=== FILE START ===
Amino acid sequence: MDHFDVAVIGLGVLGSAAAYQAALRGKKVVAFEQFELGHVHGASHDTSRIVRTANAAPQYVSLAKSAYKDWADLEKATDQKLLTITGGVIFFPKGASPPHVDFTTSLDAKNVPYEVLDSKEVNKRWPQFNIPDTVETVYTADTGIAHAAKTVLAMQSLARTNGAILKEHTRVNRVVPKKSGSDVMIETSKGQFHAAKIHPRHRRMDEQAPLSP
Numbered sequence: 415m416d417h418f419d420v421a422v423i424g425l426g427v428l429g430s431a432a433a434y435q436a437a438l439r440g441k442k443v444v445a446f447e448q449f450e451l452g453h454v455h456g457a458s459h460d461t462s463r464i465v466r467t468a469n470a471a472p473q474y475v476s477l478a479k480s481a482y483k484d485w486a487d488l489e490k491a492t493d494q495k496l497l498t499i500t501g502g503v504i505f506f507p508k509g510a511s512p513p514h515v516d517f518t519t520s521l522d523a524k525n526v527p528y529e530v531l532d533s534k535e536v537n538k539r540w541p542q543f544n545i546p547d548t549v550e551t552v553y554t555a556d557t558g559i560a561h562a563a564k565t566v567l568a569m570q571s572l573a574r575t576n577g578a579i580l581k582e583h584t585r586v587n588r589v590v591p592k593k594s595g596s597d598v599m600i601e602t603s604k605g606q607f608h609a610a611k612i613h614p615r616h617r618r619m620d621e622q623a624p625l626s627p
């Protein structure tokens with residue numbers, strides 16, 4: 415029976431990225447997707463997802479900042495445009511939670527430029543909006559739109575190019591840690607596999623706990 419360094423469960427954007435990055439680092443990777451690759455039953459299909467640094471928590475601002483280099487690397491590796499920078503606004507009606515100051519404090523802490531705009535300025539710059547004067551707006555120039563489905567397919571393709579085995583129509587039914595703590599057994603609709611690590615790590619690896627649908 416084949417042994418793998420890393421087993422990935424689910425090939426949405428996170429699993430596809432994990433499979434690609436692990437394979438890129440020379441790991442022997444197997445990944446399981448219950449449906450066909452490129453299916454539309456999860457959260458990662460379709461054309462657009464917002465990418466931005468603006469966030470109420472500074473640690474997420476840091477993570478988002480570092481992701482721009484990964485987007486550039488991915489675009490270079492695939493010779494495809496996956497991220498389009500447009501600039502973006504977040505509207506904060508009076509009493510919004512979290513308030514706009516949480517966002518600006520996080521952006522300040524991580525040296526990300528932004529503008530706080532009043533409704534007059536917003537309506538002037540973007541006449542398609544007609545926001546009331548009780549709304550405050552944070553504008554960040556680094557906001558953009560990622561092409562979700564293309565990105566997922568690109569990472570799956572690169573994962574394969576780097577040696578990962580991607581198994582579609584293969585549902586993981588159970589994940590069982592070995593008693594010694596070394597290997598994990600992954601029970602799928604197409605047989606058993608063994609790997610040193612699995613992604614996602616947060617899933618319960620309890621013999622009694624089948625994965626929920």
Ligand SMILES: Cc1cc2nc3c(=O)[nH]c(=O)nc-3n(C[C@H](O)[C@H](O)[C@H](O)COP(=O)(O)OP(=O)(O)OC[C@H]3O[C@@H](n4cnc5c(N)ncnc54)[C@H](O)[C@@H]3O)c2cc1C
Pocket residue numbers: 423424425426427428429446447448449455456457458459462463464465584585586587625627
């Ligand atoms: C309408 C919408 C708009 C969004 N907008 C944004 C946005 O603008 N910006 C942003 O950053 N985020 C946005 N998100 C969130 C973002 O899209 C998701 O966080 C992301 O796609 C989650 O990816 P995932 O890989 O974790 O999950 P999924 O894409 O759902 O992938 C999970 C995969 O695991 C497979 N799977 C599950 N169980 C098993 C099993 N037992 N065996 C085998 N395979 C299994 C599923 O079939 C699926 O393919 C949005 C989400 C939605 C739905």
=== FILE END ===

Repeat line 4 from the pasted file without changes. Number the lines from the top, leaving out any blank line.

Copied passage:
Ligand SMILES: Cc1cc2nc3c(=O)[nH]c(=O)nc-3n(C[C@H](O)[C@H](O)[C@H](O)COP(=O)(O)OP(=O)(O)OC[C@H]3O[C@@H](n4cnc5c(N)ncnc54)[C@H](O)[C@@H]3O)c2cc1C